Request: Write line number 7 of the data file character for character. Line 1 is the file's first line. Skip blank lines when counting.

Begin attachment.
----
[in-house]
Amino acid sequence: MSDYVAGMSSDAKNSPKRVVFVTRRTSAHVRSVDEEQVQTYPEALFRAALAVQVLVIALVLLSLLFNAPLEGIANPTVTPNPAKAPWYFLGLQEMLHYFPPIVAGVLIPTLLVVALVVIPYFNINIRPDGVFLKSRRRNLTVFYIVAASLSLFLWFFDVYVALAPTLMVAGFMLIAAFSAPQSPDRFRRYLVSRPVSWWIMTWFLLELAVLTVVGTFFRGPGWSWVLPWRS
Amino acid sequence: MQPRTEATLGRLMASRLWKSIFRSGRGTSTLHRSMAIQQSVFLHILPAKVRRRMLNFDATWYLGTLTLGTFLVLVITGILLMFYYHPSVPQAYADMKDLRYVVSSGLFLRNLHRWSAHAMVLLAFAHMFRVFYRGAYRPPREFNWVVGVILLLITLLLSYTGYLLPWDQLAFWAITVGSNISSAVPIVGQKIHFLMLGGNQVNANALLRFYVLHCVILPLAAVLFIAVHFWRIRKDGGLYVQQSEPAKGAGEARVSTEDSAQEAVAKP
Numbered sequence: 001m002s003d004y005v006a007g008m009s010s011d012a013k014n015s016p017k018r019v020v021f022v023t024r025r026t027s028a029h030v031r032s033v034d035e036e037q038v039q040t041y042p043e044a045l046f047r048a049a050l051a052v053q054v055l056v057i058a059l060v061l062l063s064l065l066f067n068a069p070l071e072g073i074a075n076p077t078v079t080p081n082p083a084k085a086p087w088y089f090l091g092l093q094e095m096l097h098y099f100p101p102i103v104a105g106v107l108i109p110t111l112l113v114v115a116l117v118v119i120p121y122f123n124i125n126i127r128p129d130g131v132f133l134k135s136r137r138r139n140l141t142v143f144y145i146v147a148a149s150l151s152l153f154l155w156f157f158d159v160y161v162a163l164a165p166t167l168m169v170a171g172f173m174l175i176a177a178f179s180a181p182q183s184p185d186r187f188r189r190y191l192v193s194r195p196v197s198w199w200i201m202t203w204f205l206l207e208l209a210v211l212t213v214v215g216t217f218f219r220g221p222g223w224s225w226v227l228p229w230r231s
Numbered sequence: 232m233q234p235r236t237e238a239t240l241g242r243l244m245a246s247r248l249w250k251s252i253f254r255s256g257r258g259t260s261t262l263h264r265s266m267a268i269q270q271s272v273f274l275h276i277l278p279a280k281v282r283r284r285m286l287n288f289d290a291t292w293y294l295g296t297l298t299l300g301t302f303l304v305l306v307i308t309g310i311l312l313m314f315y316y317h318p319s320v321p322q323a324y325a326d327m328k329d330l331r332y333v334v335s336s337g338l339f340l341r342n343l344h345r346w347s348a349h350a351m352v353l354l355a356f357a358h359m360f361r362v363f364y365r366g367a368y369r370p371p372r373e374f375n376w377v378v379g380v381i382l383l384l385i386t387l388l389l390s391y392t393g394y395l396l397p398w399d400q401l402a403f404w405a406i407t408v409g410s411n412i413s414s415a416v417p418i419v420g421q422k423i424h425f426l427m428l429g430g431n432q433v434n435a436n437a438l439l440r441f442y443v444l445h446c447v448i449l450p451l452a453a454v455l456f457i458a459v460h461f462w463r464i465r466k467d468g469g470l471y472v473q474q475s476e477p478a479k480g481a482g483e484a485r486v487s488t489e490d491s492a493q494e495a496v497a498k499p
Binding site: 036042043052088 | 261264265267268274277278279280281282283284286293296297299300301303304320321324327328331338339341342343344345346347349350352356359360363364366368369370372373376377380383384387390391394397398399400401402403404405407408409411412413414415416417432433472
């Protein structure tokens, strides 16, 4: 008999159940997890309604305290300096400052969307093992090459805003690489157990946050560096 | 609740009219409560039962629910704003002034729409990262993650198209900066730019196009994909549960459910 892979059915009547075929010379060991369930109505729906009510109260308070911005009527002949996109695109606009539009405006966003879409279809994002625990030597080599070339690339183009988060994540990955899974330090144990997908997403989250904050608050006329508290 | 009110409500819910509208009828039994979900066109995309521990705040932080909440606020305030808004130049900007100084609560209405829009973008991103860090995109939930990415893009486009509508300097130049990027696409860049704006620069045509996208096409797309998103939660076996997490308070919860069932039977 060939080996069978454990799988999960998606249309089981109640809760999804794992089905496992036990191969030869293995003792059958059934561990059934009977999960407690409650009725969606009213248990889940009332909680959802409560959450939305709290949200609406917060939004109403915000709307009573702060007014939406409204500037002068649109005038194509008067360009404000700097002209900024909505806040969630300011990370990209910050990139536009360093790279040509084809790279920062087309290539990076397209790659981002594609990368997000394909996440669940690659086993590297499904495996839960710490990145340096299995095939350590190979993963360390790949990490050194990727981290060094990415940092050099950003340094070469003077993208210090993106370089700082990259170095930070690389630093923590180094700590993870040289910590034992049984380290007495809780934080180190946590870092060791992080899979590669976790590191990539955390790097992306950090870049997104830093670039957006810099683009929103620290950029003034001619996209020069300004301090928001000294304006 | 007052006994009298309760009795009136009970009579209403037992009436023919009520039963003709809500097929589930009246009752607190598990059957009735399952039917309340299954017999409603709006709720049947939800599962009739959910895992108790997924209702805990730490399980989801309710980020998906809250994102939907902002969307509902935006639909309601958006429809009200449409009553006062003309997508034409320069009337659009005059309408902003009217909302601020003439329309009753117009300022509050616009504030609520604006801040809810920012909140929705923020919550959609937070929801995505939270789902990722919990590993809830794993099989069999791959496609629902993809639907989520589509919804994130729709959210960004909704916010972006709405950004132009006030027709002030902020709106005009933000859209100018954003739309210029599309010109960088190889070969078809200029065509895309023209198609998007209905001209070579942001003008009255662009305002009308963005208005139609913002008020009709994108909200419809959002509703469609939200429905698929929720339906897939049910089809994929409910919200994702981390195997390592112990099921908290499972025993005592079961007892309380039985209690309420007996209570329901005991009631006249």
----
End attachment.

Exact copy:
């Protein structure tokens, strides 16, 4: 008999159940997890309604305290300096400052969307093992090459805003690489157990946050560096 | 609740009219409560039962629910704003002034729409990262993650198209900066730019196009994909549960459910 892979059915009547075929010379060991369930109505729906009510109260308070911005009527002949996109695109606009539009405006966003879409279809994002625990030597080599070339690339183009988060994540990955899974330090144990997908997403989250904050608050006329508290 | 009110409500819910509208009828039994979900066109995309521990705040932080909440606020305030808004130049900007100084609560209405829009973008991103860090995109939930990415893009486009509508300097130049990027696409860049704006620069045509996208096409797309998103939660076996997490308070919860069932039977 060939080996069978454990799988999960998606249309089981109640809760999804794992089905496992036990191969030869293995003792059958059934561990059934009977999960407690409650009725969606009213248990889940009332909680959802409560959450939305709290949200609406917060939004109403915000709307009573702060007014939406409204500037002068649109005038194509008067360009404000700097002209900024909505806040969630300011990370990209910050990139536009360093790279040509084809790279920062087309290539990076397209790659981002594609990368997000394909996440669940690659086993590297499904495996839960710490990145340096299995095939350590190979993963360390790949990490050194990727981290060094990415940092050099950003340094070469003077993208210090993106370089700082990259170095930070690389630093923590180094700590993870040289910590034992049984380290007495809780934080180190946590870092060791992080899979590669976790590191990539955390790097992306950090870049997104830093670039957006810099683009929103620290950029003034001619996209020069300004301090928001000294304006 | 007052006994009298309760009795009136009970009579209403037992009436023919009520039963003709809500097929589930009246009752607190598990059957009735399952039917309340299954017999409603709006709720049947939800599962009739959910895992108790997924209702805990730490399980989801309710980020998906809250994102939907902002969307509902935006639909309601958006429809009200449409009553006062003309997508034409320069009337659009005059309408902003009217909302601020003439329309009753117009300022509050616009504030609520604006801040809810920012909140929705923020919550959609937070929801995505939270789902990722919990590993809830794993099989069999791959496609629902993809639907989520589509919804994130729709959210960004909704916010972006709405950004132009006030027709002030902020709106005009933000859209100018954003739309210029599309010109960088190889070969078809200029065509895309023209198609998007209905001209070579942001003008009255662009305002009308963005208005139609913002008020009709994108909200419809959002509703469609939200429905698929929720339906897939049910089809994929409910919200994702981390195997390592112990099921908290499972025993005592079961007892309380039985209690309420007996209570329901005991009631006249």